Friday, February 18, 2005

I See Them all the Time

My church small group is still in the stages of getting to know one another, so I understand that I shouldn't expect it to be close-to ideal or perfect or anything like other amazing, communal-focussed small groups I've been apart of in the past, but...

The other night a girl from my church small group shared that she was starting some counseling courses offered through our church. After she finished telling us this, she shared how in a few weeks they would actually get to simulate with people in the class a biblical counseling session (mind you, the people in her class are all church members of our church). I chimed in, excited, and said how that was going to be so beneficial and shared how in one of my Fuller classes, we were doing something similiar. Each of us from my Wholeness class have to share our spiritual autobiography (containing all the dirt, and messed up parts of ourselves and our pasts) to our own small groups formed within the class. Then I explained how beneficial this was for me and how she'd really get a lot out of this, and that's when she interrupted me.

"I don't want to share my deepest, darkest secrets with these people though because they're from church---and I see them all the time!!!" She said it as if she could share it to non-church people but not to her friends she stood and worshipped with week after week, and this bothered me.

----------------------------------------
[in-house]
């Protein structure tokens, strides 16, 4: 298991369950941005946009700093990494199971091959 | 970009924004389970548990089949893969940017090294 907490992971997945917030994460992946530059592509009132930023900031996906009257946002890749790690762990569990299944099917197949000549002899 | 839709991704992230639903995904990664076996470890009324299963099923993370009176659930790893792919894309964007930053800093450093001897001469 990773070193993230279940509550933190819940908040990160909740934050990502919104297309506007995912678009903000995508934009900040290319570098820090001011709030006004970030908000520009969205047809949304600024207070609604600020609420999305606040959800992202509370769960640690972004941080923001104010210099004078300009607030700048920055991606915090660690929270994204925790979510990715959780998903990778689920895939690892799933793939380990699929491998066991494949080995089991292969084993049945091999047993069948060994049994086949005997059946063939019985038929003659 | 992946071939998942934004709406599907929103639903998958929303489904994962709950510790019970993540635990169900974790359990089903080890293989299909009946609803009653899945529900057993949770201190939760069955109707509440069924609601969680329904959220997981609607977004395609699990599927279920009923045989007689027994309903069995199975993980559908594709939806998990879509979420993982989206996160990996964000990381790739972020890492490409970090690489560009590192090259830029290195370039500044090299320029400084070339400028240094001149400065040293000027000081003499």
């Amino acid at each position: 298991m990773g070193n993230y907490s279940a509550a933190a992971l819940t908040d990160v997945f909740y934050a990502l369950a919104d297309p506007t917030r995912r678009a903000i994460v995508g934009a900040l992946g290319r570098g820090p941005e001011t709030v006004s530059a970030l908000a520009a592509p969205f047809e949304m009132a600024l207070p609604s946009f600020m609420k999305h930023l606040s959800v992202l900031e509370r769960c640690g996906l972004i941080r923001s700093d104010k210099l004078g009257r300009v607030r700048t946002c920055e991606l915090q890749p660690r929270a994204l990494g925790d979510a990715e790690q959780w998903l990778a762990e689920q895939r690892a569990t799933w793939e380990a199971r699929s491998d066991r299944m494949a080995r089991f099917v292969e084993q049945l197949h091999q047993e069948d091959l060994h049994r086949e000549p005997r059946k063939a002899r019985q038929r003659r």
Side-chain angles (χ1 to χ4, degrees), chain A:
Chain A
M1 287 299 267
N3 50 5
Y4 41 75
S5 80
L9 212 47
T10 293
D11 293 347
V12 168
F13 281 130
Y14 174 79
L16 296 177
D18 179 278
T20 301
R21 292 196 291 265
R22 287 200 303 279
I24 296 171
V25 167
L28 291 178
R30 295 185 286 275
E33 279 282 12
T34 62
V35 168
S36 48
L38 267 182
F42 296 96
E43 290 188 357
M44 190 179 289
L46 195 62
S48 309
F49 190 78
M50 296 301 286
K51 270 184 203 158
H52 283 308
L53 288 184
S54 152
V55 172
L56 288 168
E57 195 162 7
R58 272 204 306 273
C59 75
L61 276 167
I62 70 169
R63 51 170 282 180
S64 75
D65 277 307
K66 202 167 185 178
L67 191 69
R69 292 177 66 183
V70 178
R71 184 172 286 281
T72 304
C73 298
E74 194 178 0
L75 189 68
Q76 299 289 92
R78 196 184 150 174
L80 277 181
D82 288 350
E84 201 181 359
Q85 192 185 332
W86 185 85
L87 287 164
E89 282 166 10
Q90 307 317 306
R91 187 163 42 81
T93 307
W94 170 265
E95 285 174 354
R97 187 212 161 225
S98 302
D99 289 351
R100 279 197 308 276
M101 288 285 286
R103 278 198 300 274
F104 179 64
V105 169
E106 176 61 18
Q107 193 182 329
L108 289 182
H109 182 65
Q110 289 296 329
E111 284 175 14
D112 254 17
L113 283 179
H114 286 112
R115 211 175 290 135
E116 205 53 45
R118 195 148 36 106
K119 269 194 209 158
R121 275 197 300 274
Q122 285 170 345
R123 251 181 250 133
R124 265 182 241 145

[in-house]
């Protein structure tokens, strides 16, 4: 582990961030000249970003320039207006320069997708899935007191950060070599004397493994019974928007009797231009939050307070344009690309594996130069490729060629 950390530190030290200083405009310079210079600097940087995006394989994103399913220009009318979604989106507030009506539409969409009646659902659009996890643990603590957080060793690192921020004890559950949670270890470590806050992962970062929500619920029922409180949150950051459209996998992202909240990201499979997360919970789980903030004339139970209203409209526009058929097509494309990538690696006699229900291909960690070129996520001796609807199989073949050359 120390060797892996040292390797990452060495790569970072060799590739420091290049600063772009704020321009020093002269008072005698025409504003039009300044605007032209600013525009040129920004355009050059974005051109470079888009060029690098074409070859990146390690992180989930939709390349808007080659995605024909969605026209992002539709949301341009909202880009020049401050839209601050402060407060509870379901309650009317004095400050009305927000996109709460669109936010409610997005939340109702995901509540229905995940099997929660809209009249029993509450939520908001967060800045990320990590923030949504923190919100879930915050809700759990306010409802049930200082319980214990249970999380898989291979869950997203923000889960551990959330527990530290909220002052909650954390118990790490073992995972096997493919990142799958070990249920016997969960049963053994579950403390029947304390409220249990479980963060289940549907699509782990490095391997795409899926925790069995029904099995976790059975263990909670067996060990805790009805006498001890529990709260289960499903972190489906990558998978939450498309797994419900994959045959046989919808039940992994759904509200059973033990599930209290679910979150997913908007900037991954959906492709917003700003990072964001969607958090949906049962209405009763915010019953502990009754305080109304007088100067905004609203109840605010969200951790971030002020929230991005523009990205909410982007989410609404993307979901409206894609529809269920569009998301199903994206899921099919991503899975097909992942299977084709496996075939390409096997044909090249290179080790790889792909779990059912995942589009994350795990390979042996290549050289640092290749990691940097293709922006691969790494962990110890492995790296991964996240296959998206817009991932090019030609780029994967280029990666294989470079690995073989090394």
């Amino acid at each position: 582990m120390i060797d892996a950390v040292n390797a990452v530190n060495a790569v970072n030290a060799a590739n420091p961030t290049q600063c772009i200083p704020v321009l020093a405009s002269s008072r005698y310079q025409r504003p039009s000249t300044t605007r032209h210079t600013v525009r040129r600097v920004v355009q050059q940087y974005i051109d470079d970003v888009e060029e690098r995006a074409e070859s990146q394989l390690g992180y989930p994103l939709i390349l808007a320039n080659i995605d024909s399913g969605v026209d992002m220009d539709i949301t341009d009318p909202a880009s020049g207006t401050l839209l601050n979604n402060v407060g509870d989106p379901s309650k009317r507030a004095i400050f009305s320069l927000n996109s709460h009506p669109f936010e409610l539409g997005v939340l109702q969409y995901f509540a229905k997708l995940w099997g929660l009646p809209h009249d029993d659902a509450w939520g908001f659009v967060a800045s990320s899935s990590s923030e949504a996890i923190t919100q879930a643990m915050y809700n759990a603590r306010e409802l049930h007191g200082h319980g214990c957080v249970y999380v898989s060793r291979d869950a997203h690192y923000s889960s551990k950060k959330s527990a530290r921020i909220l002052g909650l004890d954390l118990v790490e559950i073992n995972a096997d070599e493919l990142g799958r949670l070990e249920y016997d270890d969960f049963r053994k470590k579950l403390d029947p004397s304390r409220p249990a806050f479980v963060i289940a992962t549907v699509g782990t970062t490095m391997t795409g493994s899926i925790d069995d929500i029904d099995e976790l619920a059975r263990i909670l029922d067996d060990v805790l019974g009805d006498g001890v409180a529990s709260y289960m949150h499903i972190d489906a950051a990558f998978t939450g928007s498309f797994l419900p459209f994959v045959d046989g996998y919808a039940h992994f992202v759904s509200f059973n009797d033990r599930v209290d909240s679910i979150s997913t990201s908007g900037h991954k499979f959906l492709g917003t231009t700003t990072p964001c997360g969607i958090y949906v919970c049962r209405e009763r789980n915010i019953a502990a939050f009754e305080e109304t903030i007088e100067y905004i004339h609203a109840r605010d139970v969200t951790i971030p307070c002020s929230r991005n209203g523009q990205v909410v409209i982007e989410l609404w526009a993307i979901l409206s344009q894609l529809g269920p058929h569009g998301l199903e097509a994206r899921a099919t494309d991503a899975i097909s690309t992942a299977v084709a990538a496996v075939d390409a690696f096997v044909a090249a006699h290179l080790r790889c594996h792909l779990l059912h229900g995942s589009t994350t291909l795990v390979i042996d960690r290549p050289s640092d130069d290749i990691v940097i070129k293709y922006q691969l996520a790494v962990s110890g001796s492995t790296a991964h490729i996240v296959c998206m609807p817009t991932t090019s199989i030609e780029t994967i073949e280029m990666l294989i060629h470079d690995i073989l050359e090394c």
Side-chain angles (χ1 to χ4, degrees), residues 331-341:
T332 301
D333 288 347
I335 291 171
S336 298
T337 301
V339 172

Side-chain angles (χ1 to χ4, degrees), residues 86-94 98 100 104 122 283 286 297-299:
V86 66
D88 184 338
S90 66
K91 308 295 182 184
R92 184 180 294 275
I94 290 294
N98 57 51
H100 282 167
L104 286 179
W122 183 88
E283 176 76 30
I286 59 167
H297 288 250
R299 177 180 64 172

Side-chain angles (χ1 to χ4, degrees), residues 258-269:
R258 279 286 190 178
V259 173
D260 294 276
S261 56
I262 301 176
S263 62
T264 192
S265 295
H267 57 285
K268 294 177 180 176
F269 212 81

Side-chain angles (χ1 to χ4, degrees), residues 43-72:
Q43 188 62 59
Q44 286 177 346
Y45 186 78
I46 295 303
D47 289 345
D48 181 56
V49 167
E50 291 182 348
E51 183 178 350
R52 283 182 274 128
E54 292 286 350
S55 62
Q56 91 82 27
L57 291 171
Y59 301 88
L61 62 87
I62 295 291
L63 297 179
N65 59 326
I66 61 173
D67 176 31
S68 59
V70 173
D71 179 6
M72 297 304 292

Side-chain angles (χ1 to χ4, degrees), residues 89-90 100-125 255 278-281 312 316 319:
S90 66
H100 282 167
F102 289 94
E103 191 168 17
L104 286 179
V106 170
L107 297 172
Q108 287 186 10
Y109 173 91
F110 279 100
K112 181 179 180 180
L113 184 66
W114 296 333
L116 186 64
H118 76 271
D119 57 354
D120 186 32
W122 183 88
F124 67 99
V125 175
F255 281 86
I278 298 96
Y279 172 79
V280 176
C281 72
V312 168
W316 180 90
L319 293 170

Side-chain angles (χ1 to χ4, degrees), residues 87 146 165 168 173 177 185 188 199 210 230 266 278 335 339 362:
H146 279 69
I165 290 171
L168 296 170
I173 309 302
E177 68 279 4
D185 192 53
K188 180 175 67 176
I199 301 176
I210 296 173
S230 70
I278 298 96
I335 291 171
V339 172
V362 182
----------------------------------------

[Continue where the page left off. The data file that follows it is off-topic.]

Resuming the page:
What is the problem here? Why is it that so many people our generation feel more comfortable sharing about their past to friends outside of the church then they do to people inside? 'Something is wrong with this picture' I thought.

However, I really can't blame my friend for saying what she did because in all honesty, I tend to think the same from time to time. It takes time to unlearn what American culture, legalism, broken families and religious judgmentalism teaches us Christians today. So much of it is unconciously learned that we don't even see ourselves guilty of what we tend to preach against. And if it weren't for grace, I don't think I'd even bother trying to unlearn anything taught in the name of Christian religion.

Sad? Yes. True? Yes. Hopeless?

I hope not.
Happy Weekend!


Chalupa said...

I totally know what you're talking about. It is a lot easier to be open with somebody you don't know because you don't have to "keep up appearances" with them and they don't know you. It's sad, but it's true.

Anonymous said...

Sad, yes, but it doesn't have to be true.

My husband and I ended up leaving a church after 12 years because we realized it had gotten to the point that we didn't really know who anyone was anymore. We all spent so much time trying to look right and act right and be perfect that we lost all connection.

We have found a new church where it's acceptable to have struggles, and not to have everything all together all the time. We pray for each other, and support each other, and we have found ourselves growing so much more in the last 8 months than in the previous 8 years.